// AccessibilityLabel
  public static string GetAccessibilityLabel(BindableObject view)
  {
    return (string)view.GetValue (AccessibilityLabelProperty);
  }
    public static void SetAccessibilityLabel(BindableObject view, string value)
  {
    view.SetValue (AccessibilityLabelProperty, value);
  }
  static void OnAccessibilityLabelChanged(BindableObject bindable, object oldValue, object newValue)
  {
    var hasLabel = !string.IsNullOrEmpty(newValue as string);
    AddRemoveEffect(bindable, hasLabel);
  }
  // InAccessibleTree
  public static bool GetInAccessibleTree(BindableObject view)
  {
    return (bool)view.GetValue(InAccessibleTreeProperty);
  }
  public static void SetInAccessibleTree(BindableObject view, bool value)
  {
    view.SetValue(InAccessibleTreeProperty, value);
  }
  static void OnInAccessibleTreeChanged(BindableObject bindable, object oldValue, object newValue)
  {
    var add = newValue != null;
    AddRemoveEffect(bindable, add);
  }
  // .. other properties
  // helper method
  static void AddRemoveEffect(BindableObject bindable, bool add)
  {
    var view = bindable as View;
    if (view == null)
    {
      return;
    }
    if (add)
    {
      if (view.Effects.Count == 0)
      {
        // shortcut to add if there are none already
        view.Effects.Add(new AddAccessibilityEffect());
      }
      else
      {
        // more expensive check to see if it exists before adding
        var exists = view.Effects.First(e => e is AddAccessibilityEffect);
        if (exists == null)
        {
          view.Effects.Add(new AddAccessibilityEffect());
        }
      }
    }
    else
    {
      var toRemove = view.Effects.FirstOrDefault(e => e is AddAccessibilityEffect);
      if (toRemove != null)
      {
        view.Effects.Remove(toRemove);
      }
    }
  }
  public class AddAccessibilityEffect : RoutingEffect
  {
    // string identifier matches [assembly] attributes in the platform-specific projects
    public AddAccessibilityEffect() : base("MyCompany.AddAccessibilityEffect")
    {
    }
  }
}

Use in XAML

The C# code below shows a label and entry control. The label control is excluded from the accessibility tree (i.e. it will be ignored by screen readers) and the entry control is assigned an accessible label that would be read by a screen-reader:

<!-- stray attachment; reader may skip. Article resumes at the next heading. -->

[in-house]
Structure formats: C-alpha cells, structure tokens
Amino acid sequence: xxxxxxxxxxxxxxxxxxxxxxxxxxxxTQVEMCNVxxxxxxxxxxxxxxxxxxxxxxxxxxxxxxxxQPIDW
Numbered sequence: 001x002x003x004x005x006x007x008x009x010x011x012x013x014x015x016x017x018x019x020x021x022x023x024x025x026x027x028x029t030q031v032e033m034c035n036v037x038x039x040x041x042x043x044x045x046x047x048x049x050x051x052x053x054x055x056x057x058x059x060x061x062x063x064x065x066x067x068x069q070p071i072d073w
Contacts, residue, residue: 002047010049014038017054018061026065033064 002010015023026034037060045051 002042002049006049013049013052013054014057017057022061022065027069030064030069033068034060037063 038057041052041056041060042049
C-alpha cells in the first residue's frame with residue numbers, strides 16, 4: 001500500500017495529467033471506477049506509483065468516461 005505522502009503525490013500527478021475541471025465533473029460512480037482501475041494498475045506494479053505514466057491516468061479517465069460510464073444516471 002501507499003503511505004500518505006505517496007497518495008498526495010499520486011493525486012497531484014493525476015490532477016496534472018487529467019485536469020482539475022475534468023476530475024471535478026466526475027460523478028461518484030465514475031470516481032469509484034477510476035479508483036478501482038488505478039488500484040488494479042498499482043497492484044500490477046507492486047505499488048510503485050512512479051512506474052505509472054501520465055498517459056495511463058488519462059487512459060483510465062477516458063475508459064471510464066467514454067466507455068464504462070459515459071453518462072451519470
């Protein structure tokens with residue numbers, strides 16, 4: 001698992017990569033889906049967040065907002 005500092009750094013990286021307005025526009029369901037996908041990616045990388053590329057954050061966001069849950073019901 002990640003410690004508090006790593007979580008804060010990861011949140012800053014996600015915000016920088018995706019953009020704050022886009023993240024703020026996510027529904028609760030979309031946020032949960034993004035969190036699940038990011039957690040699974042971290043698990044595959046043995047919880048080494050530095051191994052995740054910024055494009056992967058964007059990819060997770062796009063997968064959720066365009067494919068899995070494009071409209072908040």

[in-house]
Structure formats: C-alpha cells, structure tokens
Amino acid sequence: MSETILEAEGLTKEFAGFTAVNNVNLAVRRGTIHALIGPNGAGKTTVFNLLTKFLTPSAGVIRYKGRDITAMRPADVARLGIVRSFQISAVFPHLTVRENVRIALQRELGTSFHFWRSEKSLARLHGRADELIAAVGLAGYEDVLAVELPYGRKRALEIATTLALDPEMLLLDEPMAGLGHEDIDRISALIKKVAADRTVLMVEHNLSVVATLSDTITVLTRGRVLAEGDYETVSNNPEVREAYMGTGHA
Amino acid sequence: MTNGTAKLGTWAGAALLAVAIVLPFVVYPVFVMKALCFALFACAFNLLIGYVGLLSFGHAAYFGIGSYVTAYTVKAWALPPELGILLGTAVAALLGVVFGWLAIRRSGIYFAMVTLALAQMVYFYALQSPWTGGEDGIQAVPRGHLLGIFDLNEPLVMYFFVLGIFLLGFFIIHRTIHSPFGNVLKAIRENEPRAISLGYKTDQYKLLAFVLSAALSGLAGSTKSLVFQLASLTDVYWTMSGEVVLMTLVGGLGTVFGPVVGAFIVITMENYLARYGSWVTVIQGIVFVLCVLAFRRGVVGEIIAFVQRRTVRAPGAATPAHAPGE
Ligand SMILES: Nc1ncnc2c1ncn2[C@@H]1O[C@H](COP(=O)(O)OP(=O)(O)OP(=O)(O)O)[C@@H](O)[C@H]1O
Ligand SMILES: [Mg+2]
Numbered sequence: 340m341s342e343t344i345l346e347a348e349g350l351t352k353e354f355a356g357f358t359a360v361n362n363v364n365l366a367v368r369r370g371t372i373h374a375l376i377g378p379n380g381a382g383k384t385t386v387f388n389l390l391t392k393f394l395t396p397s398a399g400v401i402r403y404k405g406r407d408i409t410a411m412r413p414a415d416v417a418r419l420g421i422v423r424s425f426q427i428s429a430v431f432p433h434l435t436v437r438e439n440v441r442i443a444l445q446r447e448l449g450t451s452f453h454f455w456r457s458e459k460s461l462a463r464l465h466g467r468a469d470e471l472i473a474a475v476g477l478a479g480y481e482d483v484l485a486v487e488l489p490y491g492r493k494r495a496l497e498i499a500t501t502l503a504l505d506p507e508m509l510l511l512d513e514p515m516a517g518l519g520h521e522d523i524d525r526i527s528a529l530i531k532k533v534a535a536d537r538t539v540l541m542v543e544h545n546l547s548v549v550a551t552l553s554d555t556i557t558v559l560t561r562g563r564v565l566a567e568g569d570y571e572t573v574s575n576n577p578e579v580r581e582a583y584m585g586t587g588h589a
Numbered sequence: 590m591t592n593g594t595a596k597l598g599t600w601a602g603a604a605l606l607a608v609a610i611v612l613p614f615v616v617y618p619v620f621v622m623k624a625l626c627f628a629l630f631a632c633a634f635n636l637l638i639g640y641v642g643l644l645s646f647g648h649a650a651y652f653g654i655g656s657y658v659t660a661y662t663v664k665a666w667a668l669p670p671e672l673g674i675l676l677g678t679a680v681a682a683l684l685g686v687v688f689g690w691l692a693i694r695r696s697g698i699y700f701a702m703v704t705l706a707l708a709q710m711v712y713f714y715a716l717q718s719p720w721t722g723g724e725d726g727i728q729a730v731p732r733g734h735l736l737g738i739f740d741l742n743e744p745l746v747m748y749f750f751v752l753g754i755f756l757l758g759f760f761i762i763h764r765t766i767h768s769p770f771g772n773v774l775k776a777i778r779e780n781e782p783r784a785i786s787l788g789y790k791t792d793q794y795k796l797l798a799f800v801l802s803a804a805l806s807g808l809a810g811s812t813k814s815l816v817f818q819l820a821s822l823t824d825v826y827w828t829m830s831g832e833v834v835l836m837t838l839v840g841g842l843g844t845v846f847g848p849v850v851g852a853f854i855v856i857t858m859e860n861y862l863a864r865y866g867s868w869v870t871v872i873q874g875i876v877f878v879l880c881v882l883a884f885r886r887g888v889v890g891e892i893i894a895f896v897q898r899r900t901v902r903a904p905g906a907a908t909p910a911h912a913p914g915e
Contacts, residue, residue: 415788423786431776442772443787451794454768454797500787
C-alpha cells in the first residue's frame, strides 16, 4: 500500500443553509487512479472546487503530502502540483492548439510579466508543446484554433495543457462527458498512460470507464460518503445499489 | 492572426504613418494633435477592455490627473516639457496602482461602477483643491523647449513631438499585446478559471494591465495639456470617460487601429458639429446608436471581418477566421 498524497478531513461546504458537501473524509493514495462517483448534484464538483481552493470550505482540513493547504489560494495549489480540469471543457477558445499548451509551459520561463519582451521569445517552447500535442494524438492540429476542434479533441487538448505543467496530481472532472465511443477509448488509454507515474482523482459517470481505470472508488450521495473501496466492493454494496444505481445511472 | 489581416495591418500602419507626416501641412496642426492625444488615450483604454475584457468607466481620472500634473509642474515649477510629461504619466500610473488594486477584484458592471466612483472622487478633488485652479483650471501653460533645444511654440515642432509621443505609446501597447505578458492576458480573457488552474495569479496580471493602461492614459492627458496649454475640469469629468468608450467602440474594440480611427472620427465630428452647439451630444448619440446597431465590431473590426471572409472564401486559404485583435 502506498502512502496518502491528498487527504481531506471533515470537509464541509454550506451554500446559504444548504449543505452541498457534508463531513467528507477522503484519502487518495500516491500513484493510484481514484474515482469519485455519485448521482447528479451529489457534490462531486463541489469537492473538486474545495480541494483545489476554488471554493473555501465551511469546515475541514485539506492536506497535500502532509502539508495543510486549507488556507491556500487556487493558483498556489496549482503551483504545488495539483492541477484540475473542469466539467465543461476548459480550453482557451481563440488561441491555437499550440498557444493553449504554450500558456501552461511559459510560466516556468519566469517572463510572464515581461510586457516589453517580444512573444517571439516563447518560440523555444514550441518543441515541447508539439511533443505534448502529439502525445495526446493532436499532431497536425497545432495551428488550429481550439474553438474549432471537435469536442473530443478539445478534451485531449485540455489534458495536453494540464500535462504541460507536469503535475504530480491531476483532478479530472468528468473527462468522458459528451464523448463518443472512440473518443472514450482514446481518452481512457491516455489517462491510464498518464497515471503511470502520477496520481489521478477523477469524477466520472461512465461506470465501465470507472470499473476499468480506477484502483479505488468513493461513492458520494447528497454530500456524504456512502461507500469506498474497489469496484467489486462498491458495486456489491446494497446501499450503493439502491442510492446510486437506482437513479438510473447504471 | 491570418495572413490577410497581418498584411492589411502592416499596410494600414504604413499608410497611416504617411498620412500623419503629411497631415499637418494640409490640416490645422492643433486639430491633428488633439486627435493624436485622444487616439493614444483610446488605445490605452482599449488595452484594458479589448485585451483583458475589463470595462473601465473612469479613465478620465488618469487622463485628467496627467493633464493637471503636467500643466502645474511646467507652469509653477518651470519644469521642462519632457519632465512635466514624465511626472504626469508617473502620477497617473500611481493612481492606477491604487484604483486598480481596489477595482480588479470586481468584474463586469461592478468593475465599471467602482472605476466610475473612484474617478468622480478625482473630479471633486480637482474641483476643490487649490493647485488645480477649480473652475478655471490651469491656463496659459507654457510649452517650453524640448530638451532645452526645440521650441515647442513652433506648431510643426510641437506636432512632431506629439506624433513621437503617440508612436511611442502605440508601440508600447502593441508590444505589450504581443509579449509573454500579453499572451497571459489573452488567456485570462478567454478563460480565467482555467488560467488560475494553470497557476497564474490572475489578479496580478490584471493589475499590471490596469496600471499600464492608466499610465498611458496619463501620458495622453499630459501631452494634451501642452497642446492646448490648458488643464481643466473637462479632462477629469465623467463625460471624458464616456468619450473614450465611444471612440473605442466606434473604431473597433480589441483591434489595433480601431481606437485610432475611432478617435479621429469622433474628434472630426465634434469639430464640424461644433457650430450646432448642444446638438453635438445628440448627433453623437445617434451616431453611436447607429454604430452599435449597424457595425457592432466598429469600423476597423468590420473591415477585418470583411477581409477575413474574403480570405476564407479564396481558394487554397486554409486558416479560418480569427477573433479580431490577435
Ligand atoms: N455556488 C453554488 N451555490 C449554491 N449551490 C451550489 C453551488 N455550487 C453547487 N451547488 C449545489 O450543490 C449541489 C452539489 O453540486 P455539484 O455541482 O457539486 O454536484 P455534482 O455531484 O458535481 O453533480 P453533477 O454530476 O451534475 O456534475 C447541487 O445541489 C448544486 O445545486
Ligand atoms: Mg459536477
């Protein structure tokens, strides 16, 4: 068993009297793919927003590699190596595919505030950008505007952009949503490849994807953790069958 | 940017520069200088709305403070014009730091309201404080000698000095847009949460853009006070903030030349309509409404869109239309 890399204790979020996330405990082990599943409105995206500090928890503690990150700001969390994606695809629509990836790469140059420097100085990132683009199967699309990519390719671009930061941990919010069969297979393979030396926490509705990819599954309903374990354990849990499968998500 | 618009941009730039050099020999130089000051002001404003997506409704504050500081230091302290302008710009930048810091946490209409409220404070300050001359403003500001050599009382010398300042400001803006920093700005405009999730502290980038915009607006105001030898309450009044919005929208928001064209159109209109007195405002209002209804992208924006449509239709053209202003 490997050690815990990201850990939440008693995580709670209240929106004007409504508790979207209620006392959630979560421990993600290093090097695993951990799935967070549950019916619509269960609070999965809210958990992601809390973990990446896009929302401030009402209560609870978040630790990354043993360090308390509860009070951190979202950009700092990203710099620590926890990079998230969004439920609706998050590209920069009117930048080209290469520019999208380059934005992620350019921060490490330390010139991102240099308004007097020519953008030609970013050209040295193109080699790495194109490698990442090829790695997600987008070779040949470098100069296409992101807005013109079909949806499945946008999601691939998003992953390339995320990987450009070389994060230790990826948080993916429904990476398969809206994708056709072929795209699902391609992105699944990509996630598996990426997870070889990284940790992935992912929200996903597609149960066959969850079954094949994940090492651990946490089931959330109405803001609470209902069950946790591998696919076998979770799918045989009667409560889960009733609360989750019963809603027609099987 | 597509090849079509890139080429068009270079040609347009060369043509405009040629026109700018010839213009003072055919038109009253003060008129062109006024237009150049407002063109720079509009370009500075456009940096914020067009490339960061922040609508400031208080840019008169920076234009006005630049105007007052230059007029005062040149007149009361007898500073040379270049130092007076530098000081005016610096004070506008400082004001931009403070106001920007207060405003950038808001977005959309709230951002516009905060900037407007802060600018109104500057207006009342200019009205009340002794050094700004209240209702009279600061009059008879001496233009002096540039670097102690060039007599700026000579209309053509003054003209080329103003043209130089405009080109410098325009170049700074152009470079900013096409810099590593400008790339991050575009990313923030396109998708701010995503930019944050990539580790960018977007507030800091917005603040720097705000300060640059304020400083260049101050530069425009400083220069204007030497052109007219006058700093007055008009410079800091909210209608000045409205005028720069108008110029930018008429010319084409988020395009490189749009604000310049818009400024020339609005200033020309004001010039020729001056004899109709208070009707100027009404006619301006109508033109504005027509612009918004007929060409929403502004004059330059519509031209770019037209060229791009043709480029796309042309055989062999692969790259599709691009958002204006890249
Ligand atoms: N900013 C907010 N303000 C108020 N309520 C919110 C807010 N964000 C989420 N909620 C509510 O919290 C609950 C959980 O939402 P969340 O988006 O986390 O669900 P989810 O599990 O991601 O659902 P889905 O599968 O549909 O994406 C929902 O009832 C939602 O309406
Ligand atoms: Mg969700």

<?xml version="1.0" encoding="UTF-8" ?>
<ContentPage xmlns="http://xamarin.com/schemas/2014/forms"
    xmlns:x="http://schemas.microsoft.com/winfx/2006/xaml"
    xmlns:a="clr-namespace:MyApp;assembly=MyAppAssembly"
    x:Class="MyApp.MyPageXaml"
    Padding="20">
        <StackLayout VerticalOptions="StartAndExpand">
        <Label Text="Name"
                a:AccessibilityEffect.InAccessibleTree="false" />
        <Entry Text="{Binding Path=Name}" x:Name="nameEntry"
                Placeholder="task name"
                a:AccessibilityEffect.AccessibilityLabel="Todo item"
                />
    </StackLayout>
</ContentPage>

Note: the effect can only be used in the XAML if a custom xmlns is declared that creates a reference to the assembly containing the effect. In this example, xmlns:a has been declared to reference the local assembly, and the a: prefix is used to add the effect attributes to XAML controls.

Use in C

The C# code below shows a label and an entry control. The label control is excluded from the accessibility tree (i.e. it will be ignored by screen readers) and the entry control is assigned an accessible label that would be read by a screen-reader:

var nameLabel = new Label { Text = "Name" };
var nameEntry = new Entry { StyleId = "TodoName", Placeholder="task name" };
nameEntry.SetBinding (Entry.TextProperty, "Name");
AccessibilityEffect.SetInAccessibleTree(nameLabel, false); // hide from screenreader
AccessibilityEffect.SetAccessibilityLabel(nameEntry, "Todo item"); // screenreader description

Android Platform-Specific Effect

The following class should be added to the Android application project. It implements the effect API (AccessibilityLabel and InAccessibleTree) using the native Android widget properties ContentDescription and Focusable to provide an accessible UI.